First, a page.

Black Lawyers Association questions Limpopo deputy judge president candidate

07 October 2019 - 16:42
By Naledi Shange
Judge Thifhelimbilu Phanuel Mudau is in the running for the deputy judge president position in Limpopo.
Image: Screengrab / JSC Judge Thifhelimbilu Phanuel Mudau is in the running for the deputy judge president position in Limpopo.

The Black Lawyers Association (BLA) has expressed its doubts over judge Thifhelimbilu Phanuel Mudau’s candidacy for the position of deputy judge president of the Limpopo division of the high court.

This was revealed by judicial services commissioner Sifiso Msomi, who formed part of the interview panel that interviewed Mudau for the post on Monday.

Msomi said the BLA did not accept Mudau’s candidacy because he had been a judge for only four years, and pointed out that he may lack understanding of the existing challenges at the Limpopo high court.

“That anxiety should be put to rest for the reason that experience is a relative word,” Mudau replied.

“There is no threshold for experience. It depends on where you are. I am at a very busy division, the busiest in the country. The amount of work you are exposed to and the nature of work you are exposed to,” Mudau said.

Mudau, who is serving as a judge in the Gauteng high court, said that due to the workload, a single term in Gauteng's high court could be equated to a year in any other division.

He highlighted that he had extensive management experience, albeit in lower courts.

Mudau said he had been proactive in keeping abreast of the challenges faced by the Limpopo high court. He said he could add value to the court by implementing structures that would alleviate the problems there.

“Some of the challenges include infrastructure. There are only three courts there,” he said.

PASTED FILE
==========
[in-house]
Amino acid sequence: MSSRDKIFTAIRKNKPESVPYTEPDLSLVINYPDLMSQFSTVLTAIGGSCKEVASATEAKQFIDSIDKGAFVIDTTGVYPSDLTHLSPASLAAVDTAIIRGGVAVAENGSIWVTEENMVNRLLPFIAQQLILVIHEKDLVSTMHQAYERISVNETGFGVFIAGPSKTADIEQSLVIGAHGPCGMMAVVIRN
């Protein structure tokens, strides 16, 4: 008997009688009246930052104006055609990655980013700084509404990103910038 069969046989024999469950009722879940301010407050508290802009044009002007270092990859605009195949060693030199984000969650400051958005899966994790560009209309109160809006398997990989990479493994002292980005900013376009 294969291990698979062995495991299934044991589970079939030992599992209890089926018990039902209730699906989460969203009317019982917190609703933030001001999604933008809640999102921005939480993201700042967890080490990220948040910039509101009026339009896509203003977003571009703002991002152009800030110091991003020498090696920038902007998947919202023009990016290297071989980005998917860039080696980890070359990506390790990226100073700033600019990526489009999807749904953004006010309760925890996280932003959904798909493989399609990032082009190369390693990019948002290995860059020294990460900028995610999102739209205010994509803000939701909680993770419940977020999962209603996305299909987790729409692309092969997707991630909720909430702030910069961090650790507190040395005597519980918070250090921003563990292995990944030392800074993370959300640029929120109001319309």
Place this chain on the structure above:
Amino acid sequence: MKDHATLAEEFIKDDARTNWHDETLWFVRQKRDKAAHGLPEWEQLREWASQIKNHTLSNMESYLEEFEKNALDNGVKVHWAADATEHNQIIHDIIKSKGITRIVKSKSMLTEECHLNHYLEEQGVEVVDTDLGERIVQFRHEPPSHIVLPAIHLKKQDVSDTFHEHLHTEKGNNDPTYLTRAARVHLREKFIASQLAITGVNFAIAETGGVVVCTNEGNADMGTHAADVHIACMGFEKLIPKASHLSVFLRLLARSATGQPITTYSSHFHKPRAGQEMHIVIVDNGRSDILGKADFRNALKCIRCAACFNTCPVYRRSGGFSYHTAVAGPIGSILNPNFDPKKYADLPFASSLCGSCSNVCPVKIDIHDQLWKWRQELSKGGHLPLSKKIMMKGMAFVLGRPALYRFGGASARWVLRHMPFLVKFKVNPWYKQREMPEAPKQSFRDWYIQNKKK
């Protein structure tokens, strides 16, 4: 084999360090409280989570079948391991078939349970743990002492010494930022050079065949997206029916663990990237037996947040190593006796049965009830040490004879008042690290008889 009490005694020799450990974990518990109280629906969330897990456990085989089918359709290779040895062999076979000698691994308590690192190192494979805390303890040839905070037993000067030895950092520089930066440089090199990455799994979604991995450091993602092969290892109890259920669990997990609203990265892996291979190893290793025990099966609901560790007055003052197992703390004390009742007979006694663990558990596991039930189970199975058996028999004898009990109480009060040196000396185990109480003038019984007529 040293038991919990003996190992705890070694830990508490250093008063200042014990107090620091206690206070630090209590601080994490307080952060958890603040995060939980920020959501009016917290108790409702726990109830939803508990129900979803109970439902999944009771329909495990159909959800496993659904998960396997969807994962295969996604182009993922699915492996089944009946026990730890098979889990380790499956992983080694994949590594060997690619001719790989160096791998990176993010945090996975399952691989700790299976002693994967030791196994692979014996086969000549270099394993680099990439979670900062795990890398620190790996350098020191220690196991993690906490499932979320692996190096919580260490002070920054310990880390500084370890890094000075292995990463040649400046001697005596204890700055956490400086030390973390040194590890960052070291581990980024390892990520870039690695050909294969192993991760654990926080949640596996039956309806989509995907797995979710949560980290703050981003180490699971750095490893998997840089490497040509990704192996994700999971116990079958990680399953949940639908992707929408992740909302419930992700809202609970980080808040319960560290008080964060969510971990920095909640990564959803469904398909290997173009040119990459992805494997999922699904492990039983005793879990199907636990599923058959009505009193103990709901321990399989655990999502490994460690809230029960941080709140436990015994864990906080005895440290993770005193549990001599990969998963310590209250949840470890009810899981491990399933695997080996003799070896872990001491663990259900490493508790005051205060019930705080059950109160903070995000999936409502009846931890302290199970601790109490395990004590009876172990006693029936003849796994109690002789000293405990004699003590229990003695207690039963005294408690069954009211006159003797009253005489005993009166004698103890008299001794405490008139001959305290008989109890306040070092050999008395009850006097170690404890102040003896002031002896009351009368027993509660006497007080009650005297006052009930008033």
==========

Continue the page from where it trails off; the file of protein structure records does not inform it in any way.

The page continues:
EFF leader Julius Malema, who  formed part of the panel, questioned how Mudau would handle the issue of seniority.

Mudau has four years' experience as a judge, having  previously been a magistrate.

Malema pointed out there were judges with more experience than Mudau, and asked how this could be perceived.

“That is no threat,” Mudau said, adding that were numerous incidents when this happened.

He used the example of deputy judge president Phineas Mojapelo, who he said only had four years' experience when he was appointed.

One of Mudau's most notable cases involved the appeal of Vicki Momberg, who was found guilty of crimen injuria following a racial tirade against black police officers and 10111 operators. 

Mudau said there was no justifiable reason to interfere with the sentencing discretion of the trial court in this case.

"Even if the court of appeal is of the view that it would have imposed a much lighter sentence, it would not be free to interfere if it were not convinced that the sentencing court could not reasonably have imposed the sentence which it determined," Mudau said in his judgment.

The court previously convicted Momberg on all four charges of crimen injuria and sentenced her to two years’ imprisonment.

Mudau is up against three other judges for the position, namely Gerrit Cornelius Muller,  Arnoldus Mauritius Legodi Phatudi and Moletje George Phatudi.